The estate of Enron Corp's late founder has agreed to pay $12 million to settle claims brought by participants in the failed energy company's pension plans.
The U.S. Department of Labor said that a Houston court still must approve the deal, and the final recovery amount depends upon the total amount of assets available for distribution from Kenneth Lay's estate.
Lay died of a heart attack on July 5, throwing into question whether his estate, or potentially the estate of his guilty co-defendant, former Enron chief executive Jeffrey Skilling, will be held liable for criminal proceeds. Last month, lawyers for Lay filed a motion to dismiss his fraud conviction, a common occurrence when a person dies before exhausting their appeals.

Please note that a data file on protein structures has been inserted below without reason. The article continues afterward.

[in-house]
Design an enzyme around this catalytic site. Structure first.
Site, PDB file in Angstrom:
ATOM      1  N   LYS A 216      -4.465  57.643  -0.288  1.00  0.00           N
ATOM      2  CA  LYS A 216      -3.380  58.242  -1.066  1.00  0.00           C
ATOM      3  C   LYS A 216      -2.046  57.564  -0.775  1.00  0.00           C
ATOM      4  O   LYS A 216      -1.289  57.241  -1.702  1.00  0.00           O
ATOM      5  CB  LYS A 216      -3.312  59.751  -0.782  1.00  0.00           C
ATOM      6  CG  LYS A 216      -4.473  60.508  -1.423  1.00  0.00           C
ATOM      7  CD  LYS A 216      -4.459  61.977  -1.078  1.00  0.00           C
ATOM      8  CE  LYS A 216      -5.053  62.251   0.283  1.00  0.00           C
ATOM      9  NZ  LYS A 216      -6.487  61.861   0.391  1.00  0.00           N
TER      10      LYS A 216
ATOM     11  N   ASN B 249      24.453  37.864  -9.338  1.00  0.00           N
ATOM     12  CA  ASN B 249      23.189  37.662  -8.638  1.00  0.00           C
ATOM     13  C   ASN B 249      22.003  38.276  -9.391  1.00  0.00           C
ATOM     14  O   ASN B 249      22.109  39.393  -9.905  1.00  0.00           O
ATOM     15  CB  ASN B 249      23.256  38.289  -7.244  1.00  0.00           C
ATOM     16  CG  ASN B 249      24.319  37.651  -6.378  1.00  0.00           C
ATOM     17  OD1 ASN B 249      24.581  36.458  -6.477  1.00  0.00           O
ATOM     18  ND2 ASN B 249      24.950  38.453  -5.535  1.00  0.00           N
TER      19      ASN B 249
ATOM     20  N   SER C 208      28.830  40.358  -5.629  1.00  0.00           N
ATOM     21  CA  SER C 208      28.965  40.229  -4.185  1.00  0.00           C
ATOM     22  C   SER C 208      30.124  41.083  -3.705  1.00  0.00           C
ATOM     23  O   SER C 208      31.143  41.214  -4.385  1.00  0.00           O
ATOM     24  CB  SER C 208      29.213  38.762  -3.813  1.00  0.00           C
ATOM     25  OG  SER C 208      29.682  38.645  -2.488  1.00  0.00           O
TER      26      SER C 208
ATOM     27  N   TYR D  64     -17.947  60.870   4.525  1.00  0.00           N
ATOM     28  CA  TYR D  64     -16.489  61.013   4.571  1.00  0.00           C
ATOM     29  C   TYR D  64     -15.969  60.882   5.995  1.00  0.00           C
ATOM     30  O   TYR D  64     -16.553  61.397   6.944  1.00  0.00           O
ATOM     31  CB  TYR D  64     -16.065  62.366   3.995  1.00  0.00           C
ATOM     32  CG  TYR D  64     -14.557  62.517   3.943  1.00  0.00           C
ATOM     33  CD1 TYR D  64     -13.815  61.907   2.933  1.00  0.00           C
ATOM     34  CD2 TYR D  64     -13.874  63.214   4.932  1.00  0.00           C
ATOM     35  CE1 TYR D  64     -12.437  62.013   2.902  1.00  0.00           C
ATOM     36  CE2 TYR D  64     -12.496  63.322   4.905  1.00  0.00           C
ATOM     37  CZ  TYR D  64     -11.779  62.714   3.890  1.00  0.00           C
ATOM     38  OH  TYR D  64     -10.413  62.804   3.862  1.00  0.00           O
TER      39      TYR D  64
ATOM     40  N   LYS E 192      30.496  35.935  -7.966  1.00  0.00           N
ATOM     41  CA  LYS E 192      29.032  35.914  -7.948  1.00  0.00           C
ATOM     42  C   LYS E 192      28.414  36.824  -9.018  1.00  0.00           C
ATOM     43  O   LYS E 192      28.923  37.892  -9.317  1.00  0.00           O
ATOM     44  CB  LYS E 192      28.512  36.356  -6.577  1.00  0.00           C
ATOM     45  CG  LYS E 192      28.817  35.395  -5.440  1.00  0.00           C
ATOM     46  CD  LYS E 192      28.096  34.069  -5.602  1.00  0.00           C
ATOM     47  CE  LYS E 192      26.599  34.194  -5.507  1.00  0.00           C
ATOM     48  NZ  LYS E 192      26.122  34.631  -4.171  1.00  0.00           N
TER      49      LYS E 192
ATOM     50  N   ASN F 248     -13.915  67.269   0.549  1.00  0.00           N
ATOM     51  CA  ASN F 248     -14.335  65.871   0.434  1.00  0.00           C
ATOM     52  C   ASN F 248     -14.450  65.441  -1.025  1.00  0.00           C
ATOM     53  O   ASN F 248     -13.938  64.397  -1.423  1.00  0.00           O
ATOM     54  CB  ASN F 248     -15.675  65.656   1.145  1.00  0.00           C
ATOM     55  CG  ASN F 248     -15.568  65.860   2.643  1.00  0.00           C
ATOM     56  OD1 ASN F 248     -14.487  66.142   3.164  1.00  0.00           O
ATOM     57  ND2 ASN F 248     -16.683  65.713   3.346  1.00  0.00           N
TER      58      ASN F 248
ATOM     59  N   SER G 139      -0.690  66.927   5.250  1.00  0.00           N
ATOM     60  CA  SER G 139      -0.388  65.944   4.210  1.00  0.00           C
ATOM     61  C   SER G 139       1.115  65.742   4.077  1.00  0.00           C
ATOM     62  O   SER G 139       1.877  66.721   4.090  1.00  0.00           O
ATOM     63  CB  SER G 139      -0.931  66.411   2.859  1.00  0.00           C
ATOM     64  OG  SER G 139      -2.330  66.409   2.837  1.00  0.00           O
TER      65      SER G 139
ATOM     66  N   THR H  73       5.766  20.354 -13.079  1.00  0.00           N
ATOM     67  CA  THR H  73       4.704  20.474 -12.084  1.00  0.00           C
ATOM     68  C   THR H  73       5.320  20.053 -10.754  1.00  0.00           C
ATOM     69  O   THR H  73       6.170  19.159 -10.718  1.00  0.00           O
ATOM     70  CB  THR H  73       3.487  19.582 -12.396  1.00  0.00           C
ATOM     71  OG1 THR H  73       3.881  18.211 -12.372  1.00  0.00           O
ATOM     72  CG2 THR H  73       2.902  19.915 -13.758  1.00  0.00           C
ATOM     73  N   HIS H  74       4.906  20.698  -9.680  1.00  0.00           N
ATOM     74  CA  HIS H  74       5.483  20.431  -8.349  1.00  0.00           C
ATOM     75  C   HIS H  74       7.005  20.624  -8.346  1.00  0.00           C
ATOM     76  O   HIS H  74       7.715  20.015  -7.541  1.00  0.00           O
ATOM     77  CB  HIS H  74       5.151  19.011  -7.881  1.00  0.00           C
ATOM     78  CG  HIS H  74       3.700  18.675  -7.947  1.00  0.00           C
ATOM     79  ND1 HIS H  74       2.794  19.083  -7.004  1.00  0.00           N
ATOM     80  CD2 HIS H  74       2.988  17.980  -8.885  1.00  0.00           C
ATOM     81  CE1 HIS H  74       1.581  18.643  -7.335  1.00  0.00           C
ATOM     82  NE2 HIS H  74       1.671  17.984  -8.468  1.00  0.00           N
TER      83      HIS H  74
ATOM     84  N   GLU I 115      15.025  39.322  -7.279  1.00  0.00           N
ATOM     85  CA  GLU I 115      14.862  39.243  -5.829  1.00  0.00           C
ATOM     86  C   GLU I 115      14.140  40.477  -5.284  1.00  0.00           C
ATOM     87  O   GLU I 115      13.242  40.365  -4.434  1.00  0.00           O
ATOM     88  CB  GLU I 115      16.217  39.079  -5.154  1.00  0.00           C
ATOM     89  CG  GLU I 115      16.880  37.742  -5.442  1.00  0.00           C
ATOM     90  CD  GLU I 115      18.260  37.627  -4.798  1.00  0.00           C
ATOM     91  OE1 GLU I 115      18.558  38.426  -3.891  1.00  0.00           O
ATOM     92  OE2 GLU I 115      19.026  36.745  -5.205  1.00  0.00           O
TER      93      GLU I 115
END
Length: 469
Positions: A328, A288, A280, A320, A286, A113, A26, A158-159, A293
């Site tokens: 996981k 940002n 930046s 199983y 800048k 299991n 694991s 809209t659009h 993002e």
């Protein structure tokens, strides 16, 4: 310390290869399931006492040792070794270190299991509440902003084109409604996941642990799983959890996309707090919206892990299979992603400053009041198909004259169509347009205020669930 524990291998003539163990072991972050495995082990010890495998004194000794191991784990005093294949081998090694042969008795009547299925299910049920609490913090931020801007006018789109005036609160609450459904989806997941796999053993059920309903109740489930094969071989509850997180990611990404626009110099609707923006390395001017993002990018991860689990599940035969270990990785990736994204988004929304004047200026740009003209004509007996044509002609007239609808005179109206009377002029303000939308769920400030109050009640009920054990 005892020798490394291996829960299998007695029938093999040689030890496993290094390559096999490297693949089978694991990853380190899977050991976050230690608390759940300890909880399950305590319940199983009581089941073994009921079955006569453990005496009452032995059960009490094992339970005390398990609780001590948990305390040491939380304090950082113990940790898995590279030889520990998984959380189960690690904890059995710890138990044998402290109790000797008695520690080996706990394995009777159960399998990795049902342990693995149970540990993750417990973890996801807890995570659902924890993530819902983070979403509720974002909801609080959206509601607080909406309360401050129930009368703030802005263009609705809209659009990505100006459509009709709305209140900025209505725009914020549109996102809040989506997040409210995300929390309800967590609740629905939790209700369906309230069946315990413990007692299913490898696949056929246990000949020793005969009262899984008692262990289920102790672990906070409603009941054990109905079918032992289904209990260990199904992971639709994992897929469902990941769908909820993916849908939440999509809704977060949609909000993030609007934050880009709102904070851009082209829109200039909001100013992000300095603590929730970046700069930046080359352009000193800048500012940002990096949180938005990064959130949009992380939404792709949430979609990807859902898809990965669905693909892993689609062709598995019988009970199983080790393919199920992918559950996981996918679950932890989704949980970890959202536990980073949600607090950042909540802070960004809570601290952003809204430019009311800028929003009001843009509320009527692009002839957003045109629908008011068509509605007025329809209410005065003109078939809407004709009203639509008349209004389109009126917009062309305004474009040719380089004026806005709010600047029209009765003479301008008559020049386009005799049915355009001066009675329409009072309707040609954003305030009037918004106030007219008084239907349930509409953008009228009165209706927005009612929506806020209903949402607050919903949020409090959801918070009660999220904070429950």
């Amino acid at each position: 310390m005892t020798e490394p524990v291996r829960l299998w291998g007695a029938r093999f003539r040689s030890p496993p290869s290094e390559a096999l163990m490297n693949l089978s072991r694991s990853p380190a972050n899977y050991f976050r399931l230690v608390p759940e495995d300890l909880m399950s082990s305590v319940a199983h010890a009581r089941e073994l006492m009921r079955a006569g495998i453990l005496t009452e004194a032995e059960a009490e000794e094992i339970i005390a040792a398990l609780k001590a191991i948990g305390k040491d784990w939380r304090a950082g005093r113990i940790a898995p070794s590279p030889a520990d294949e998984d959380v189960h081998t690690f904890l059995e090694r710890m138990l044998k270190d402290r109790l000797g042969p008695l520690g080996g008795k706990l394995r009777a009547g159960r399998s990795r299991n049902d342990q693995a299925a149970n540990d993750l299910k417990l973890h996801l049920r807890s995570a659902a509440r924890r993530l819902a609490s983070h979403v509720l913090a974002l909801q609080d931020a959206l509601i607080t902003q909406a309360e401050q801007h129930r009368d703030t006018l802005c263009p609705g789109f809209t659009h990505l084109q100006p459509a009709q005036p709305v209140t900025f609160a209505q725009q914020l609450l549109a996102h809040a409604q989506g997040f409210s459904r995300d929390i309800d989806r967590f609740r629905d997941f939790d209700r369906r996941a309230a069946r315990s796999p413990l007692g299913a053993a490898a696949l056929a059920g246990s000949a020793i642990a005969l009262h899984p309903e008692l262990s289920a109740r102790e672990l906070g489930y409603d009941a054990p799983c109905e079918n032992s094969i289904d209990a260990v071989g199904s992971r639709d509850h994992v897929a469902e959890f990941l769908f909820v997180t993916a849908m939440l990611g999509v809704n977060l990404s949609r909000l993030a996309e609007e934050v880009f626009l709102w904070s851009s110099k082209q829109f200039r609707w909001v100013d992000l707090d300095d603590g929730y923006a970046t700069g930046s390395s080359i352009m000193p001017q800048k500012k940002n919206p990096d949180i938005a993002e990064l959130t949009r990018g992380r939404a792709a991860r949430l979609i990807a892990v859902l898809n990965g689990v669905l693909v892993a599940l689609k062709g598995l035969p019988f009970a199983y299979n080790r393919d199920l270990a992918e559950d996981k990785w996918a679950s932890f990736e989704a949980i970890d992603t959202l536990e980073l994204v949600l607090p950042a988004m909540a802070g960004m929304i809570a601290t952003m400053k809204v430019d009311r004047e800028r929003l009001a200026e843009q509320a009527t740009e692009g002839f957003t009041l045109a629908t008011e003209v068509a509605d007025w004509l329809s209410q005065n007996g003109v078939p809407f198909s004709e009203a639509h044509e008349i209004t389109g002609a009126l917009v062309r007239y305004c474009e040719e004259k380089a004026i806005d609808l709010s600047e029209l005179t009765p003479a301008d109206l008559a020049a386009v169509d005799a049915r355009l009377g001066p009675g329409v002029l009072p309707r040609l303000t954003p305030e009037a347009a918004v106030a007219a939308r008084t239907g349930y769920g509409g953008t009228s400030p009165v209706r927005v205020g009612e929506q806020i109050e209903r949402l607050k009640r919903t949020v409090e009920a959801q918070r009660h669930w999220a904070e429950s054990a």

In June2003, the Labor Department sued Lay and others for mismanagement of the pension plans in violation of the federal Employee Retirement Income Security Act. The department alleged that Lay:
- Failed to properly oversee the fiduciaries he appointed to run Enron's plans;
- Misrepresented Enron's financial condition to employees and plan officials, encouraging them to buy Enron stock when he knew that it was imprudent to do so; and,
- As a member of Enron's board of directors, failed to properly appoint and monitor a trustee to oversee the employee stock ownership plan.
The settlement would cover more than 20,000 former employees of Enron.In previous settlements obtained by the Labor Department and private plaintiffs, more than $220 million has been recovered for the pension plans from Enron, its directors, officers and fiduciaries who served on the plans' administrative committee.The Labor Department's similar claims against Skilling have yet to be settled.
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